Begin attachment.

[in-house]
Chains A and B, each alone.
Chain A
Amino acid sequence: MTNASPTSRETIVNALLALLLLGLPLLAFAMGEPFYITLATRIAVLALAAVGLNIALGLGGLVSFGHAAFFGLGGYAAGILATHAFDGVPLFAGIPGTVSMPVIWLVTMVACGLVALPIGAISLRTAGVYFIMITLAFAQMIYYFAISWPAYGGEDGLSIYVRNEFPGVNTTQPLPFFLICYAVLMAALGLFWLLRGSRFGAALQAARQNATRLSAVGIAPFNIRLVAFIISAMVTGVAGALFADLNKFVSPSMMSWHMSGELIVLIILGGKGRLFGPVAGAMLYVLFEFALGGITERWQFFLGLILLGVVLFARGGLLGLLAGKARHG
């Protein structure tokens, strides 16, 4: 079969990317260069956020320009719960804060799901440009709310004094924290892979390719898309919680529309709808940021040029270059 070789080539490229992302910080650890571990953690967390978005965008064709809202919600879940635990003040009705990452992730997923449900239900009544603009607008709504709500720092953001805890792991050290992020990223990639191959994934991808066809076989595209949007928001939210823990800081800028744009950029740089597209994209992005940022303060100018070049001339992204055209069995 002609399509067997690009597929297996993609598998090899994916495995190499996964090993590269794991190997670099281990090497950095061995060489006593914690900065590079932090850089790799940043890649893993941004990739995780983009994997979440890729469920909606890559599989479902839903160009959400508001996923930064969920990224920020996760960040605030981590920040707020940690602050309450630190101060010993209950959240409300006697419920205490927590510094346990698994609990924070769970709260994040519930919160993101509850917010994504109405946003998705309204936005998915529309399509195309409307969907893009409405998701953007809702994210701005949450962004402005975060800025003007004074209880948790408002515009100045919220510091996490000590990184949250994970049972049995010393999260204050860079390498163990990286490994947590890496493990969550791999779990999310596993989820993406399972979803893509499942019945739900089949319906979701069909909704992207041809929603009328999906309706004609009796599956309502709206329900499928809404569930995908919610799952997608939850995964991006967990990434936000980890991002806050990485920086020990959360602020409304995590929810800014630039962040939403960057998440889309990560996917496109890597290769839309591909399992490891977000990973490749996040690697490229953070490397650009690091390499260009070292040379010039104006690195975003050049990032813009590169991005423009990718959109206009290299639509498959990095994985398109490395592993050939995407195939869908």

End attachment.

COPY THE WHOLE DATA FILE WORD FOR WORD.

[in-house]
Chains A and B, each alone.
Chain A
Amino acid sequence: MTNASPTSRETIVNALLALLLLGLPLLAFAMGEPFYITLATRIAVLALAAVGLNIALGLGGLVSFGHAAFFGLGGYAAGILATHAFDGVPLFAGIPGTVSMPVIWLVTMVACGLVALPIGAISLRTAGVYFIMITLAFAQMIYYFAISWPAYGGEDGLSIYVRNEFPGVNTTQPLPFFLICYAVLMAALGLFWLLRGSRFGAALQAARQNATRLSAVGIAPFNIRLVAFIISAMVTGVAGALFADLNKFVSPSMMSWHMSGELIVLIILGGKGRLFGPVAGAMLYVLFEFALGGITERWQFFLGLILLGVVLFARGGLLGLLAGKARHG
């Protein structure tokens, strides 16, 4: 079969990317260069956020320009719960804060799901440009709310004094924290892979390719898309919680529309709808940021040029270059 070789080539490229992302910080650890571990953690967390978005965008064709809202919600879940635990003040009705990452992730997923449900239900009544603009607008709504709500720092953001805890792991050290992020990223990639191959994934991808066809076989595209949007928001939210823990800081800028744009950029740089597209994209992005940022303060100018070049001339992204055209069995 002609399509067997690009597929297996993609598998090899994916495995190499996964090993590269794991190997670099281990090497950095061995060489006593914690900065590079932090850089790799940043890649893993941004990739995780983009994997979440890729469920909606890559599989479902839903160009959400508001996923930064969920990224920020996760960040605030981590920040707020940690602050309450630190101060010993209950959240409300006697419920205490927590510094346990698994609990924070769970709260994040519930919160993101509850917010994504109405946003998705309204936005998915529309399509195309409307969907893009409405998701953007809702994210701005949450962004402005975060800025003007004074209880948790408002515009100045919220510091996490000590990184949250994970049972049995010393999260204050860079390498163990990286490994947590890496493990969550791999779990999310596993989820993406399972979803893509499942019945739900089949319906979701069909909704992207041809929603009328999906309706004609009796599956309502709206329900499928809404569930995908919610799952997608939850995964991006967990990434936000980890991002806050990485920086020990959360602020409304995590929810800014630039962040939403960057998440889309990560996917496109890597290769839309591909399992490891977000990973490749996040690697490229953070490397650009690091390499260009070292040379010039104006690195975003050049990032813009590169991005423009990718959109206009290299639509498959990095994985398109490395592993050939995407195939869908």